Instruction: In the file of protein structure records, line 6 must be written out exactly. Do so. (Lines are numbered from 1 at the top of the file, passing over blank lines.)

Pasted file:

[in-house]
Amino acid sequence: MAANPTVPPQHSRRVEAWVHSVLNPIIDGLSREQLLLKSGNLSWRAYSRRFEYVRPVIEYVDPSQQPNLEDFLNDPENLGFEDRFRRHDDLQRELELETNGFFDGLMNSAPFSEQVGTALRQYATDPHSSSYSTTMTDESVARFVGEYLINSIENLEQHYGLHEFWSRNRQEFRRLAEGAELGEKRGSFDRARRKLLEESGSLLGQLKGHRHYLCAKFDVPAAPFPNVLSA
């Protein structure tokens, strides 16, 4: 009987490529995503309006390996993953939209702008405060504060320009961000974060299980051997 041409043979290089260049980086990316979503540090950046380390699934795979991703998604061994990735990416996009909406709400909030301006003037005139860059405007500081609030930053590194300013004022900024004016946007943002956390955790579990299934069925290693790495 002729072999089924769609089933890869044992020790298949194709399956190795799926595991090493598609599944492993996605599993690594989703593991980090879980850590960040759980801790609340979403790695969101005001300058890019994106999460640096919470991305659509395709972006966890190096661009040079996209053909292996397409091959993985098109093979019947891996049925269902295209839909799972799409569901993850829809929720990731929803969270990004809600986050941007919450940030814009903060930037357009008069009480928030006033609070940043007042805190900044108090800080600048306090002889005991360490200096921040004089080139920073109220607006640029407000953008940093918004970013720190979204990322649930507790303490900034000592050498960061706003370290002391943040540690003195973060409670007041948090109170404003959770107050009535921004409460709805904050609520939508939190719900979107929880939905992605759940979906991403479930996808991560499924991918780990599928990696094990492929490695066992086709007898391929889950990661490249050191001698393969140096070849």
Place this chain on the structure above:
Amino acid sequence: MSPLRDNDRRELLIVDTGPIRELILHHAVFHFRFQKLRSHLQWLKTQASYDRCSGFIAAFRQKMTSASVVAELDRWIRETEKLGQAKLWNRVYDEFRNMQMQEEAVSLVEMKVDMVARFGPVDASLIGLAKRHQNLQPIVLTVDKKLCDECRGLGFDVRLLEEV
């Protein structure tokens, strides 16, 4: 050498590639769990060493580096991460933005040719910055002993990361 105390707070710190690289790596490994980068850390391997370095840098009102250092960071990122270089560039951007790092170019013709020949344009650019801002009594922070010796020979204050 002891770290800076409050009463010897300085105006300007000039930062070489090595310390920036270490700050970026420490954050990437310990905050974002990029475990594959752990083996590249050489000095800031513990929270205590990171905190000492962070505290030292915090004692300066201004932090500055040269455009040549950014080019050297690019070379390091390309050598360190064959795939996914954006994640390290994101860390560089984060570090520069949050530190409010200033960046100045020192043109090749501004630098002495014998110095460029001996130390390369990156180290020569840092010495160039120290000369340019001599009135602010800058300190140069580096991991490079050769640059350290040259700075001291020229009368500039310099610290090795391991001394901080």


């Protein structure tokens, strides 16, 4: 050498590639769990060493580096991460933005040719910055002993990361 105390707070710190690289790596490994980068850390391997370095840098009102250092960071990122270089560039951007790092170019013709020949344009650019801002009594922070010796020979204050 002891770290800076409050009463010897300085105006300007000039930062070489090595310390920036270490700050970026420490954050990437310990905050974002990029475990594959752990083996590249050489000095800031513990929270205590990171905190000492962070505290030292915090004692300066201004932090500055040269455009040549950014080019050297690019070379390091390309050598360190064959795939996914954006994640390290994101860390560089984060570090520069949050530190409010200033960046100045020192043109090749501004630098002495014998110095460029001996130390390369990156180290020569840092010495160039120290000369340019001599009135602010800058300190140069580096991991490079050769640059350290040259700075001291020229009368500039310099610290090795391991001394901080």